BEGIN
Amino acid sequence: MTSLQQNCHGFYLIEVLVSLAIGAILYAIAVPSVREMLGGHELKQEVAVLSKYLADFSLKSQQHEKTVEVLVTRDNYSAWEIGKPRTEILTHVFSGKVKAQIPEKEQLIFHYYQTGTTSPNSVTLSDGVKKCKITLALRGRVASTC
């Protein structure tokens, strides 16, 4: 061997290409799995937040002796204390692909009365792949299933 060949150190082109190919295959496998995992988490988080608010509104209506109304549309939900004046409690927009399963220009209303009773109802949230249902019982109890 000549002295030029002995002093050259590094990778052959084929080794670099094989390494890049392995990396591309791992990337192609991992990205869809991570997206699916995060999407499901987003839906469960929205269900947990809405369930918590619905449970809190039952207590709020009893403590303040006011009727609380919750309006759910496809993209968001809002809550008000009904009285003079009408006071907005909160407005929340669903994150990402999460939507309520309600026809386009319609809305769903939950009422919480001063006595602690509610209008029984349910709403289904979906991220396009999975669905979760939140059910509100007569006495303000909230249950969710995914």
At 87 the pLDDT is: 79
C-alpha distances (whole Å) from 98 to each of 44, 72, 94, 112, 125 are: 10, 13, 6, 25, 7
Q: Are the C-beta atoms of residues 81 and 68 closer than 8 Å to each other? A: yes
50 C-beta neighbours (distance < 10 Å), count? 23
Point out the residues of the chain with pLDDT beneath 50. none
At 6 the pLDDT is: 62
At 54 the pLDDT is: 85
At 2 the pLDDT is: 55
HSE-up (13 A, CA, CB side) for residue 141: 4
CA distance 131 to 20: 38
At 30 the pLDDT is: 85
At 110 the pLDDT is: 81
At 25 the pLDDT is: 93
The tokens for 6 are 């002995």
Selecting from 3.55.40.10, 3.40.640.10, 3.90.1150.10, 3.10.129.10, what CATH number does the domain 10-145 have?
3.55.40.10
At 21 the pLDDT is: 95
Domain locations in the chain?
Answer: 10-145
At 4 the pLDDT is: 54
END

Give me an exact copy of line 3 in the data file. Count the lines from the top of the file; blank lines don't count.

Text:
At 87 the pLDDT is: 79